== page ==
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Title: Ischemia and Functional Recovery from Partial Nephrectomy: Refined Perspectives
Authors: Wen Dong
Jitao Wu
Chalairat Suk-Ouichai
Elvis Caraballo Antonio
Erick M. Remer
Jianbo Li
Joseph Zabell
Sudhir Isharwal
Steven C. Campbell
Yantai Yuhuangding Hospital
Sun Yat-Sen University
Cleveland Clinic Foundation
Mahidol University
Keywords: Medicine
Issue Date: 1-Jul-2018
Citation: European Urology Focus. Vol.4, No.4 (2018), 572-578
Abstract: © 2017 European Association of Urology Background: Nephron mass preservation is a key determinant of functional outcomes after partial nephrectomy (PN), while ischemia plays a secondary role. Analyses focused specifically on recovery of the operated kidney appear to be most informative, yet have only included limited numbers of patients. Objective: To evaluate the relative impact of parenchymal preservation and ischemia on functional recovery after PN using a more robust cohort allowing for more refined perspectives about ischemia. Design, setting, and participants: A total of 401 patients managed with PN with necessary studies were analyzed for function and nephron mass preserved specifically within the kidney exposed to ischemia. Intervention: PN. Outcome measurements and statistical analysis: The nephron mass preserved was measured from computed tomography scans <2 mo before and 3–12 mo after PN. Patients with two kidneys were required to have nuclear renal scans within the same timeframes. Recovery from ischemia was defined as the percent function preserved normalized by the percent nephron mass preserved. Pearson correlation was used to evaluate relationships between functional recovery and nephron mass preservation or ischemia time. Multivariable linear regression assessed predictors for recovery from ischemia. Results and limitations: The median tumor size was 3.5 cm and the median RENAL score was 8. Cold and warm ischemia were utilized in 151 and 250 patients, and the median ischemia time was 27 and 21 min, respectively. The function preserved was strongly correlated with nephron mass preserved(r = 0.63; p < 0.001). Median recovery from ischemia was significantly higher for hypothermia (99% vs 92%; p < 0.001) and remained consistently strong even with longer duration. Multivariable analysis demonstrated that recovery from ischemia, which normalizes for nephron mass preservation, was significantly associated with ischemia type and duration (both p < 0.05). However, each additional 10 min of warm ischemia was associated with only a 2.5% decline in recovery from ischemia. Limitations include the retrospective design. Conclusions: Our data suggest that functional recovery from clamped PN is most reliable with hypothermia. Longer intervals of warm ischemia are associates with reduced recovery; however, incremental changes are modest and may not be clinically significant in patients with a normal contralateral kidney. Patient summary: Functional recovery after clamped partial nephrectomy is primarily dependent on preservation of nephron mass. Recovery is most reliable when hypothermia is applied. Longer intervals of warm ischemia are associated with reduced recovery; however, the incremental changes are modest. The impact of ischemia on functional recovery after clamped partial nephrectomy cannot be accurately evaluated unless nephron mass loss is accounted for. Functional recovery is most reliable with hypothermia. Longer duration of warm ischemia was associated with poorer recovery, although the incremental changes were modest.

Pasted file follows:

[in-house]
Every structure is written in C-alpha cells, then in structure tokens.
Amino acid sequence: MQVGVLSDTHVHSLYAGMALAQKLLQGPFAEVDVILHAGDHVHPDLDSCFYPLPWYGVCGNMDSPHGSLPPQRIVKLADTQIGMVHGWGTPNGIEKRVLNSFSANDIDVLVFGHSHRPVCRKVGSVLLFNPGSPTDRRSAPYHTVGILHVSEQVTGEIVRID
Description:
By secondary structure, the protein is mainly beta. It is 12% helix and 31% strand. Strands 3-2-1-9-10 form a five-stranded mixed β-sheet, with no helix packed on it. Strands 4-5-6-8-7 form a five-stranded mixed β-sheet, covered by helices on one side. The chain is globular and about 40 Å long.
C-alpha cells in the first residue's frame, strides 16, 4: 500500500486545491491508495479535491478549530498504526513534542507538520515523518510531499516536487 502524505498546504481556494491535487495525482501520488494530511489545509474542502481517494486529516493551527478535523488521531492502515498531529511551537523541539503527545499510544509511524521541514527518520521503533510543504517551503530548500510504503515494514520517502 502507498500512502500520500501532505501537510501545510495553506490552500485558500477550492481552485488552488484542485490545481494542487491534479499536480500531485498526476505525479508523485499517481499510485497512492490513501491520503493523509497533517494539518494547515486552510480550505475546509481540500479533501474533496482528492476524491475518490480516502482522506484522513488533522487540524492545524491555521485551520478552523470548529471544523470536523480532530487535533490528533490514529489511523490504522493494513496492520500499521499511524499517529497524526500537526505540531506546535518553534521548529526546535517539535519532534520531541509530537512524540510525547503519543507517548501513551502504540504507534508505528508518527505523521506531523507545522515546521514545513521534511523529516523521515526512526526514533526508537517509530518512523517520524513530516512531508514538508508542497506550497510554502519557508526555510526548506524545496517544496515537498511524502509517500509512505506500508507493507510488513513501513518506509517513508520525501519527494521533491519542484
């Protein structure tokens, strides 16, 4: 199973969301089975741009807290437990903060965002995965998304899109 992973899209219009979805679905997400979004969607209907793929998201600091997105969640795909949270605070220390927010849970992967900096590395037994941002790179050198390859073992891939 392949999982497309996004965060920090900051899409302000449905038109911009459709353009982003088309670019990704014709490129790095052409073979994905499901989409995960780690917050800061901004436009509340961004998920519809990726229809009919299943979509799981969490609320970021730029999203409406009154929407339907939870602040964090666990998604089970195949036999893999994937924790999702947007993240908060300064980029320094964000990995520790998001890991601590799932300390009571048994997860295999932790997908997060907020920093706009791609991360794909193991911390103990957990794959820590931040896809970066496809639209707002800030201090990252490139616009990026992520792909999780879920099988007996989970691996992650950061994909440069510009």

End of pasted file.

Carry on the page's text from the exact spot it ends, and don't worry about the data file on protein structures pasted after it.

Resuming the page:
ISSN: 24054569
Appears in Collections:Scopus 2018

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